Is This The Key To Stopping Transepidermal Water Loss?

mbg Beauty and Lifestyle Senior Editor By Alexandra Engler
mbg Beauty and Lifestyle Senior Editor
Alexandra Engler is the Beauty and Lifestyle Senior Editor. She received her journalism degree from Marquette University, graduating first in the department.
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The key to keeping your skin supple and hydrated is keeping water trapped in the skin. In fact, keeping water in—and environmental stressors out—is one of the skin's primary responsibilities. When your skin doesn't, or when the barrier is compromised, something called transepidermal water loss happens. It's a mouthful, but essentially what's happening is the water in your epidermis evaporates into the air around you, leaving your skin dry, irritated, and angry. And it might be happening to you—especially given we're in the throes of winter—if you're not protecting your skin well enough. 

So, yeah, transepidermal water loss doesn't sound great, but how exactly do you prevent it from happening? Well, ceramides do the trick—in fact, your body's natural barrier from water loss. And you can support your internal ceramide levels with a skin care supplement.

The key to stopping transepidermal water loss: ceramides. 

Ceramides are a natural part of our skin structure. Specifically, they are polar lipids that make up the barrier between the outside environment and our body, locking in the good stuff and protecting our skin from external damage. These lipids are also what keep your body from leaking out water into the environment around you (yeah, they're pretty important!). As you can imagine, as these are damaged or depleted, transepidermal water loss becomes more likely—and skin issues arise.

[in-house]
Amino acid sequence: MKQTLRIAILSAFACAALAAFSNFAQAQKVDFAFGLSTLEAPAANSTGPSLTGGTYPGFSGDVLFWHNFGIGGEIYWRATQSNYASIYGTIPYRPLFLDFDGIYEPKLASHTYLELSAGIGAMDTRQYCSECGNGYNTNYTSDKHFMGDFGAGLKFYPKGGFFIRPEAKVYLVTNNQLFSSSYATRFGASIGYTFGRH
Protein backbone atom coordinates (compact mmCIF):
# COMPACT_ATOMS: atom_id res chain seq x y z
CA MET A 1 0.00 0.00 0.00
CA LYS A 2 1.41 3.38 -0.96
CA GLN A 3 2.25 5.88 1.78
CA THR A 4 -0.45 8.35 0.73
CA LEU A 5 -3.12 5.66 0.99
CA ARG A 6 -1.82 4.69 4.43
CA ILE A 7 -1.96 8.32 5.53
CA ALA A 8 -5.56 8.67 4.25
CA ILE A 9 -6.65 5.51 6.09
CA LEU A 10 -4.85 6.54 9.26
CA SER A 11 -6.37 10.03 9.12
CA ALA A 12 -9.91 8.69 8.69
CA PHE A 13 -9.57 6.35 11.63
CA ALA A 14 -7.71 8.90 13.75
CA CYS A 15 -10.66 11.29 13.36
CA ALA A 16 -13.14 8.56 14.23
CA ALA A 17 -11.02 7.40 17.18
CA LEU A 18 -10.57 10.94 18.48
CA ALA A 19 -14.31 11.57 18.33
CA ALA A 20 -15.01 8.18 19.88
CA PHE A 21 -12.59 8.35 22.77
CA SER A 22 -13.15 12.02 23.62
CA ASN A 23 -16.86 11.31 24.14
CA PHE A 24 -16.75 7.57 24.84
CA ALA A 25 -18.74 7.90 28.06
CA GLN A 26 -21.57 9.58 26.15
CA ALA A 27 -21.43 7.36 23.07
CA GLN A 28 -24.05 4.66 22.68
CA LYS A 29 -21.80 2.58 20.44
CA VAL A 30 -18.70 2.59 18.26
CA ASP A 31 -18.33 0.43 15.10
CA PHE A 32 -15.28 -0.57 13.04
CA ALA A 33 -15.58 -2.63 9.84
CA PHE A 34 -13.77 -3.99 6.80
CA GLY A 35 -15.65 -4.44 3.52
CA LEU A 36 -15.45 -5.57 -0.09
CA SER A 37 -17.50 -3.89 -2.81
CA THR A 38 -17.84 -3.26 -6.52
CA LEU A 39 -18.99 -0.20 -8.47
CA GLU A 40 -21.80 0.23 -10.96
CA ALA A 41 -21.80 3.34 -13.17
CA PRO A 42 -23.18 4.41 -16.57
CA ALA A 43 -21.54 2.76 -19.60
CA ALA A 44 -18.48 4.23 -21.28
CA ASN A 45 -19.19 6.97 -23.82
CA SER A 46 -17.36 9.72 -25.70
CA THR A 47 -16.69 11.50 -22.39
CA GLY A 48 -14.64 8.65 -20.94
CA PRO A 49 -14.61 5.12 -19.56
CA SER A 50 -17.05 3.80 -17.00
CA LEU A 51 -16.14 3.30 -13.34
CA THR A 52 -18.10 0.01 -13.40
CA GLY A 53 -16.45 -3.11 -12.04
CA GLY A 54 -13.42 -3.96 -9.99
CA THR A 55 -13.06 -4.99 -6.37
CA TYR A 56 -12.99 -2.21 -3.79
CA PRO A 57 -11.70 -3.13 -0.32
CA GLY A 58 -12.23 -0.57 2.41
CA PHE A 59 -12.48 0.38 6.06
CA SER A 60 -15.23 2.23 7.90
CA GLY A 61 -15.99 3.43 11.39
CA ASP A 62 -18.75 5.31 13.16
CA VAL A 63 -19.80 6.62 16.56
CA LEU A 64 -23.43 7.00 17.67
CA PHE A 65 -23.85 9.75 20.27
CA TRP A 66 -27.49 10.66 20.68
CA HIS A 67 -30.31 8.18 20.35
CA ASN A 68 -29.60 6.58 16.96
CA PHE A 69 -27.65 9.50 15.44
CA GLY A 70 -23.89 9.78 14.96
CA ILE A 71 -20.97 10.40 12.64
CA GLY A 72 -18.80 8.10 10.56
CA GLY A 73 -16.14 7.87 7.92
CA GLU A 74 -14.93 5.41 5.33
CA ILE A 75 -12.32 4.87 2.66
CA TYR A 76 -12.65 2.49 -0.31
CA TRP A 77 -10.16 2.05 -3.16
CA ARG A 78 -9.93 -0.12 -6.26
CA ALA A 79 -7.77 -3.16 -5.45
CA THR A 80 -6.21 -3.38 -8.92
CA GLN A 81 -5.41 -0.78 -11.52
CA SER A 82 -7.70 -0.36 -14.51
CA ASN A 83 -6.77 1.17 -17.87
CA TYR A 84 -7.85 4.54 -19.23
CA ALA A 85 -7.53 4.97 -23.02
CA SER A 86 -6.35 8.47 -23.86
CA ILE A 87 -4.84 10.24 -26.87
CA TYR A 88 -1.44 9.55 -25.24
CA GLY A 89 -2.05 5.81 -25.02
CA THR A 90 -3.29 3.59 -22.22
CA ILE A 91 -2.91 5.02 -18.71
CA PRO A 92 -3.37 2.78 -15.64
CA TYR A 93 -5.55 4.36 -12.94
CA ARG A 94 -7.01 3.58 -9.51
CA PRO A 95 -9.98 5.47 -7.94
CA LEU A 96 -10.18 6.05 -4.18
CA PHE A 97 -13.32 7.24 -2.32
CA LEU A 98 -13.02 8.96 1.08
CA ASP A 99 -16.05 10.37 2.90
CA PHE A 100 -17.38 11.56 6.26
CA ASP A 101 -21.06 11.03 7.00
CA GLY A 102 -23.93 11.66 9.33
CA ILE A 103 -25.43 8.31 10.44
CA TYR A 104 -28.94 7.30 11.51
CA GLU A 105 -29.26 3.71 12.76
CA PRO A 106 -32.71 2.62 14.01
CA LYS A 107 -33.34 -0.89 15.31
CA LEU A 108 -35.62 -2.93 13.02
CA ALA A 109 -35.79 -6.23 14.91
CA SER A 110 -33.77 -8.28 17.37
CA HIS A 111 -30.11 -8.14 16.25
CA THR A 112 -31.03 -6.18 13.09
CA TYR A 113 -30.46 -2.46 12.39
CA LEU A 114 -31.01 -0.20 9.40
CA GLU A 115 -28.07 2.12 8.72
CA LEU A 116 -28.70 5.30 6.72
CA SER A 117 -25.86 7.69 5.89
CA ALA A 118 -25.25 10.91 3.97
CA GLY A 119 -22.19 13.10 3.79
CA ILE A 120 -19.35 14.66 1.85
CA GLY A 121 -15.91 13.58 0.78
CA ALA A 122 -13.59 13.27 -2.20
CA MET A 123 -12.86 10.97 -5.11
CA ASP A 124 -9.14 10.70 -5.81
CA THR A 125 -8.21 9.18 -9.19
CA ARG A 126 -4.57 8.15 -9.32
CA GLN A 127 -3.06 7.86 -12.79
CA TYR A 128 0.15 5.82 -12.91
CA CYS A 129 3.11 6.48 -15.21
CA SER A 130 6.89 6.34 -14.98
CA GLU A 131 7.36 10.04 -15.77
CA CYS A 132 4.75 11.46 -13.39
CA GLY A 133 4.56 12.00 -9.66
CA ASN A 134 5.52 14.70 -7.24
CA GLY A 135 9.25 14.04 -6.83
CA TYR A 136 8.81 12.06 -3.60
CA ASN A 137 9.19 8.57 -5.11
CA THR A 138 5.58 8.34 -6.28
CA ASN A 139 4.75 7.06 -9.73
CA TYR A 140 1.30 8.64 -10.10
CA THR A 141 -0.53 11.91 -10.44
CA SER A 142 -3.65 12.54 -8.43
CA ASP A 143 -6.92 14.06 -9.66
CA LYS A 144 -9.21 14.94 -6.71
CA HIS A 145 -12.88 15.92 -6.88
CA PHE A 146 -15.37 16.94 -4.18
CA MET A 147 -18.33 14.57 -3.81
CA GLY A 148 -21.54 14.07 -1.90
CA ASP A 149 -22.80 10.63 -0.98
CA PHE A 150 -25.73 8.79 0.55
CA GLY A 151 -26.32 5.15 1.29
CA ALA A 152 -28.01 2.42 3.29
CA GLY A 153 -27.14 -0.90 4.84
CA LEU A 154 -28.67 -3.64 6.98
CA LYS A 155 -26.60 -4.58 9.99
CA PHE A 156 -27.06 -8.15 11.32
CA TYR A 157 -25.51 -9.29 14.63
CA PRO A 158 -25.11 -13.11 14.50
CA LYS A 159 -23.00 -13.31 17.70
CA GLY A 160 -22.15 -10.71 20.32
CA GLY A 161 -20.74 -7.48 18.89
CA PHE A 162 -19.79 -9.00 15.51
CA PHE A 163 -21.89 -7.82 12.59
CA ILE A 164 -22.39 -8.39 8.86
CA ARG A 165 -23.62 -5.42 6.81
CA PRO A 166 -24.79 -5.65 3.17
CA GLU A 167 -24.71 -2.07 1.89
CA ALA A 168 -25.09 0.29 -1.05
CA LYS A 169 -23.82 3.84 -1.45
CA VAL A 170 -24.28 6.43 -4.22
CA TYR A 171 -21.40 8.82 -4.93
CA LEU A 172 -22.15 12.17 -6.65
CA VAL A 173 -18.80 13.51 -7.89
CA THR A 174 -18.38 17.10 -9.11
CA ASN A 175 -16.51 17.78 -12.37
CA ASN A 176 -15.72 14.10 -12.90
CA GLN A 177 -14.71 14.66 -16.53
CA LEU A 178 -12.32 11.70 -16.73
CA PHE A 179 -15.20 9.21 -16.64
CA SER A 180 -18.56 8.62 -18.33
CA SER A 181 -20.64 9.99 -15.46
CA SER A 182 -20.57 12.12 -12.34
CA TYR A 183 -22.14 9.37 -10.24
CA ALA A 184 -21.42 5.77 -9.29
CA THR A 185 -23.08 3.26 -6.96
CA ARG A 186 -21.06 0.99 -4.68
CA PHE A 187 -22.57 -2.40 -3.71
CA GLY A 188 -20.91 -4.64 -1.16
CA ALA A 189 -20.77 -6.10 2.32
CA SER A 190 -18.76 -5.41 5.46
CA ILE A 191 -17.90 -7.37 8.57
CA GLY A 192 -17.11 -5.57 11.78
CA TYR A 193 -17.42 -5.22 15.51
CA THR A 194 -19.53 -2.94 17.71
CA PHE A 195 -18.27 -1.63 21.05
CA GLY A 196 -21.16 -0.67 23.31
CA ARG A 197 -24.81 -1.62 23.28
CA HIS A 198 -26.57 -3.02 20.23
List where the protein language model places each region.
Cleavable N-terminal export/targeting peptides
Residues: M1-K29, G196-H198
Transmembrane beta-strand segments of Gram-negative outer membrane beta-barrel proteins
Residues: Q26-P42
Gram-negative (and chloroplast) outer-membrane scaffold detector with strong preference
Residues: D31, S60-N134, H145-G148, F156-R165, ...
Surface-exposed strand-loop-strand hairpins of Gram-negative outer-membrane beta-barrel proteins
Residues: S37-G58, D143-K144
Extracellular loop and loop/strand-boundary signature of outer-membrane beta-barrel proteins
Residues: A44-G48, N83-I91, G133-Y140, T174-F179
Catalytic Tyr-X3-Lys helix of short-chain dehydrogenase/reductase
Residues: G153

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So the most effective way of keeping this from happening is to make sure your skin has adequate ceramide levels. There are two ways to do this: The first is using topicals, which can act as a superficial barrier. The second is with supplements, which help your body incorporate them naturally into the barrier. 

"Research shows that when you take these things by mouth—and you don't need many milligrams of them—your body actually incorporates them into the skin," says Rountree.* In fact, science shows that ingesting them orally can offer those same skin-healing benefits as a prescription topical.* In another study, participants with clinically dry skin who took a phytoceramide-rich wheat extract oil for three months saw up to a 35% improvement in skin hydration.* And finally, another notes that participants saw improved skin hydration after just 15 days.*

Think of it this way: With supplements, you can provide a more continuous stream of ceramides, naturally supporting reserves from the inside out.* And then? You don't have to worry as much about topicals (although you should still always use a face moisturizer to keep your skin hydrated). 

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The takeaway. 

Transepidermal water loss may sound science-y and scary, but it's a very real thing that's probably happening to you every single day. You can support your skin, and ideally prevent this from happening, with ceramides. And while topicals are a safe bet—supplements tend to be more effective.*

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